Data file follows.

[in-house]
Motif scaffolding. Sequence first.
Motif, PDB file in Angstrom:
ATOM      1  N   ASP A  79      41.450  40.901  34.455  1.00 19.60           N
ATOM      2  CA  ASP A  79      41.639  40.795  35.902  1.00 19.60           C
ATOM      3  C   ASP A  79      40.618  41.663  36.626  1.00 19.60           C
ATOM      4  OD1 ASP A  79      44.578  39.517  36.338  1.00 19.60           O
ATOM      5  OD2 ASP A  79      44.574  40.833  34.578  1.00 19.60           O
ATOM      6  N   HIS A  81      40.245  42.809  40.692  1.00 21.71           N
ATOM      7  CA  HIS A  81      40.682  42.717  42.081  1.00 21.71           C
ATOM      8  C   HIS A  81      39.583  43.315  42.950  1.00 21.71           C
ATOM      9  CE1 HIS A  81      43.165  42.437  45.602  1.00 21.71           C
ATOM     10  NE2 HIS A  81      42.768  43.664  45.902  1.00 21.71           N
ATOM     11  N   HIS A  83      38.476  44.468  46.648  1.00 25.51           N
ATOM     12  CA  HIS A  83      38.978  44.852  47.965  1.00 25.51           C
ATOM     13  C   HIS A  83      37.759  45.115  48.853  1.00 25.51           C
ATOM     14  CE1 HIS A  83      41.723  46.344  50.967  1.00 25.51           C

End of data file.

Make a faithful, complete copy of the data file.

[in-house]
Motif scaffolding. Sequence first.
Motif, PDB file in Angstrom:
ATOM      1  N   ASP A  79      41.450  40.901  34.455  1.00 19.60           N
ATOM      2  CA  ASP A  79      41.639  40.795  35.902  1.00 19.60           C
ATOM      3  C   ASP A  79      40.618  41.663  36.626  1.00 19.60           C
ATOM      4  OD1 ASP A  79      44.578  39.517  36.338  1.00 19.60           O
ATOM      5  OD2 ASP A  79      44.574  40.833  34.578  1.00 19.60           O
ATOM      6  N   HIS A  81      40.245  42.809  40.692  1.00 21.71           N
ATOM      7  CA  HIS A  81      40.682  42.717  42.081  1.00 21.71           C
ATOM      8  C   HIS A  81      39.583  43.315  42.950  1.00 21.71           C
ATOM      9  CE1 HIS A  81      43.165  42.437  45.602  1.00 21.71           C
ATOM     10  NE2 HIS A  81      42.768  43.664  45.902  1.00 21.71           N
ATOM     11  N   HIS A  83      38.476  44.468  46.648  1.00 25.51           N
ATOM     12  CA  HIS A  83      38.978  44.852  47.965  1.00 25.51           C
ATOM     13  C   HIS A  83      37.759  45.115  48.853  1.00 25.51           C
ATOM     14  CE1 HIS A  83      41.723  46.344  50.967  1.00 25.51           C